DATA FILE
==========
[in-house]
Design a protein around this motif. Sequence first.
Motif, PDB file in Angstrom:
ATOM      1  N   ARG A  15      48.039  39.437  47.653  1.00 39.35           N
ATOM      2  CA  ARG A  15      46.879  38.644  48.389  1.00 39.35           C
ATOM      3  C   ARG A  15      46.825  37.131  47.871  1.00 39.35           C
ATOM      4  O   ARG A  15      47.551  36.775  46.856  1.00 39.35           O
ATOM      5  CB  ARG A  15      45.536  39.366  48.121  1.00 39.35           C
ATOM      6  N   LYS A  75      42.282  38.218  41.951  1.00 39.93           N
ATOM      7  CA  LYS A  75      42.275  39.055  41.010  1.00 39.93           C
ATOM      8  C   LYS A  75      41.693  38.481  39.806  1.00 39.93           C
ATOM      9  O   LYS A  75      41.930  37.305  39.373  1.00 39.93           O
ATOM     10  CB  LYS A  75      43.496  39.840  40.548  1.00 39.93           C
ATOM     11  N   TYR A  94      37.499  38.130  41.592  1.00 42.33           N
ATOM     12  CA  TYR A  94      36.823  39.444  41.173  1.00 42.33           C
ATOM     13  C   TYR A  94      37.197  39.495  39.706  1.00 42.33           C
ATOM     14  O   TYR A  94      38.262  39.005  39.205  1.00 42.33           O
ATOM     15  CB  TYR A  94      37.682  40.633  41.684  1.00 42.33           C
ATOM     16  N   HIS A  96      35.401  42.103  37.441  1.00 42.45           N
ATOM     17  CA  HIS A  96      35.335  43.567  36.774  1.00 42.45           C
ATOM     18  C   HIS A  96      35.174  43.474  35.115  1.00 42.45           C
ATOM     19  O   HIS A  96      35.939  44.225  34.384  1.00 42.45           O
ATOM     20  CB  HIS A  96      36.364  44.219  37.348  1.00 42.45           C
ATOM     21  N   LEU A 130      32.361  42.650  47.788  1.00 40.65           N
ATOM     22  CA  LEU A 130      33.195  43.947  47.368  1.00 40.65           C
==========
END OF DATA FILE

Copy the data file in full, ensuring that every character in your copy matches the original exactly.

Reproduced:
[in-house]
Design a protein around this motif. Sequence first.
Motif, PDB file in Angstrom:
ATOM      1  N   ARG A  15      48.039  39.437  47.653  1.00 39.35           N
ATOM      2  CA  ARG A  15      46.879  38.644  48.389  1.00 39.35           C
ATOM      3  C   ARG A  15      46.825  37.131  47.871  1.00 39.35           C
ATOM      4  O   ARG A  15      47.551  36.775  46.856  1.00 39.35           O
ATOM      5  CB  ARG A  15      45.536  39.366  48.121  1.00 39.35           C
ATOM      6  N   LYS A  75      42.282  38.218  41.951  1.00 39.93           N
ATOM      7  CA  LYS A  75      42.275  39.055  41.010  1.00 39.93           C
ATOM      8  C   LYS A  75      41.693  38.481  39.806  1.00 39.93           C
ATOM      9  O   LYS A  75      41.930  37.305  39.373  1.00 39.93           O
ATOM     10  CB  LYS A  75      43.496  39.840  40.548  1.00 39.93           C
ATOM     11  N   TYR A  94      37.499  38.130  41.592  1.00 42.33           N
ATOM     12  CA  TYR A  94      36.823  39.444  41.173  1.00 42.33           C
ATOM     13  C   TYR A  94      37.197  39.495  39.706  1.00 42.33           C
ATOM     14  O   TYR A  94      38.262  39.005  39.205  1.00 42.33           O
ATOM     15  CB  TYR A  94      37.682  40.633  41.684  1.00 42.33           C
ATOM     16  N   HIS A  96      35.401  42.103  37.441  1.00 42.45           N
ATOM     17  CA  HIS A  96      35.335  43.567  36.774  1.00 42.45           C
ATOM     18  C   HIS A  96      35.174  43.474  35.115  1.00 42.45           C
ATOM     19  O   HIS A  96      35.939  44.225  34.384  1.00 42.45           O
ATOM     20  CB  HIS A  96      36.364  44.219  37.348  1.00 42.45           C
ATOM     21  N   LEU A 130      32.361  42.650  47.788  1.00 40.65           N
ATOM     22  CA  LEU A 130      33.195  43.947  47.368  1.00 40.65           C